COVID-19 has magnified the shortcomings of our failed paradigm of economy with all its imbalances, inequities and injustices. The pandemic has demonstrated a renewed demand from the citizenries of the OECD, indeed the citizens of the globe, for a new economic order. This is evident through the response to COVID-19, the burden of which fell to the State, and proved, if proof were ever required, that the State has the ability to play a leading, transformative role in crisis management and response; that the public sector has the capacity and expertise to deliver quality universal services to its citizens and do so effectively and fairly; that government can act decisively when the will is there. Yet the crisis has also shown us how so many of our citizens and their families are only ever one wage payment away from hardship; how the self-employed or workers in the so-called ‘gig’ economy lack security and are often impeded from access to basic employment rights; how private tenants in under-regulated housing markets are at the mercy of their landlords, how many designated ‘key workers’, those providing essential services, are shamefully undervalued and underpaid.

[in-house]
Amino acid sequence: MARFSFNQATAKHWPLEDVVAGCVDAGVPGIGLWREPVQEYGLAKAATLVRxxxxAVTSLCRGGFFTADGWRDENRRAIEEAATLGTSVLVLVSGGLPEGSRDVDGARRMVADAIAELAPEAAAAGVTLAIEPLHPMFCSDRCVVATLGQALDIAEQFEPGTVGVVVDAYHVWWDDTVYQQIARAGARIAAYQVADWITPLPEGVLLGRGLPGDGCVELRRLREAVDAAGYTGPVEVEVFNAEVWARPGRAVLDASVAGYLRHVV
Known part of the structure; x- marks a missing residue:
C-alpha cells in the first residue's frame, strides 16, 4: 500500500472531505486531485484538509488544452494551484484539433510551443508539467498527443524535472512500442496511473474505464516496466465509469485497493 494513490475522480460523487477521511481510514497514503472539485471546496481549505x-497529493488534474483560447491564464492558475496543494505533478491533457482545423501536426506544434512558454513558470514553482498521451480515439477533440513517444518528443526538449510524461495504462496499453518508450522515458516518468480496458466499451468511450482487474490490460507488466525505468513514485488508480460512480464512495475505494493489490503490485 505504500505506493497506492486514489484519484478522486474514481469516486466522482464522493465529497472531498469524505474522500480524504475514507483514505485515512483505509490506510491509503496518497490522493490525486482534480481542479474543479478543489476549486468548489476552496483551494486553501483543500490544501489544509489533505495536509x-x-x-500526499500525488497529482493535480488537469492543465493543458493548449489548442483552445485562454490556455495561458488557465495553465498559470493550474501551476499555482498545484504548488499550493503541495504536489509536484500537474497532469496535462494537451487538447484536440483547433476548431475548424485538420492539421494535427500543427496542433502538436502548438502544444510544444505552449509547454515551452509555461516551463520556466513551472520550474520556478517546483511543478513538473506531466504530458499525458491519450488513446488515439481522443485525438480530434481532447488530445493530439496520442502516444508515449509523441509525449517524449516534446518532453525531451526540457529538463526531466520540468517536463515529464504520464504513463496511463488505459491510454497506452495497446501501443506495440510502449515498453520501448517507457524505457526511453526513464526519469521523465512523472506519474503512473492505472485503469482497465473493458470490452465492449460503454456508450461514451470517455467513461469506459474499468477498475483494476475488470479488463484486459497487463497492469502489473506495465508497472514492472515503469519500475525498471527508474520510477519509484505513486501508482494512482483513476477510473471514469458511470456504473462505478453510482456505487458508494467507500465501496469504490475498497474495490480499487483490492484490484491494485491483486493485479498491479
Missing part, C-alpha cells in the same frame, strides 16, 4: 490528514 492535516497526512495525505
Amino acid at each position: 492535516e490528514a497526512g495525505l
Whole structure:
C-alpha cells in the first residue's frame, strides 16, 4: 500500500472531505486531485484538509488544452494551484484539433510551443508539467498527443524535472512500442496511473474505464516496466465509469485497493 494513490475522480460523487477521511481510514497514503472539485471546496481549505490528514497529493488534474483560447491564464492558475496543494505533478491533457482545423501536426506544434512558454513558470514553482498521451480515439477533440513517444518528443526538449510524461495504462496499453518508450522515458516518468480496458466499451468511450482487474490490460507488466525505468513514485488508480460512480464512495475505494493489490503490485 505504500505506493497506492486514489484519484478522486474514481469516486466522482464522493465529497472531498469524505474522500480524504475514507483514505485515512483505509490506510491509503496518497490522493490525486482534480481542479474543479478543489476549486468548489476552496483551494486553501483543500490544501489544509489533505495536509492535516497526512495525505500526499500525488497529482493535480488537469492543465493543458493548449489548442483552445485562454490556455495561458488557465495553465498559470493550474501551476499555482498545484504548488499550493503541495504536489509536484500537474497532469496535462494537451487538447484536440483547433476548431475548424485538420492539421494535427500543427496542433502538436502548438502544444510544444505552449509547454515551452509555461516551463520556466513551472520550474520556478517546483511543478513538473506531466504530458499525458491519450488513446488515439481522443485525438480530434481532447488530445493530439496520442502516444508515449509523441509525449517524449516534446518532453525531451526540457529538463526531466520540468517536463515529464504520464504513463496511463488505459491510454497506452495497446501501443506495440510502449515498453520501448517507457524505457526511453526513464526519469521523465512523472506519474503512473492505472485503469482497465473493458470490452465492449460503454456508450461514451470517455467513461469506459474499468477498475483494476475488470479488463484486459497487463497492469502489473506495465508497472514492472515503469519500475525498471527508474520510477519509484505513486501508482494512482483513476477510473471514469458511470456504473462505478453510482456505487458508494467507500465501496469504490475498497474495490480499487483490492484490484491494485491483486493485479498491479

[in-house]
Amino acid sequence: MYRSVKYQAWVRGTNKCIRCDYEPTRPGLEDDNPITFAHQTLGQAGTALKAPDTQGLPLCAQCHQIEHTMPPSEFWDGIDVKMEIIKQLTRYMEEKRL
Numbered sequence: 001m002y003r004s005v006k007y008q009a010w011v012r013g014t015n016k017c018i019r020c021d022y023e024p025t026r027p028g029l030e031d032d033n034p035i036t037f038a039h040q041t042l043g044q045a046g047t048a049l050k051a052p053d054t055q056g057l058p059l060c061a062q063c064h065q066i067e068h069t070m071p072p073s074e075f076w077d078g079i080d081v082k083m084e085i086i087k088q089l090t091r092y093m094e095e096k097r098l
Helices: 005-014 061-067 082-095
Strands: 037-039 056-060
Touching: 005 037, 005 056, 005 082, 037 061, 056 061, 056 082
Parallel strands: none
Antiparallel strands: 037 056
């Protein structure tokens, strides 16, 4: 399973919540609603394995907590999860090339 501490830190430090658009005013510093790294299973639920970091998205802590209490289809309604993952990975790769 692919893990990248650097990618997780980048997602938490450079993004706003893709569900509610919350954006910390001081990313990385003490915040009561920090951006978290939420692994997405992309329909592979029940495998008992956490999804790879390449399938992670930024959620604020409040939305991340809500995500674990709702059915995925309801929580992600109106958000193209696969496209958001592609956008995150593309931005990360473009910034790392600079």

Michael D. Higgins

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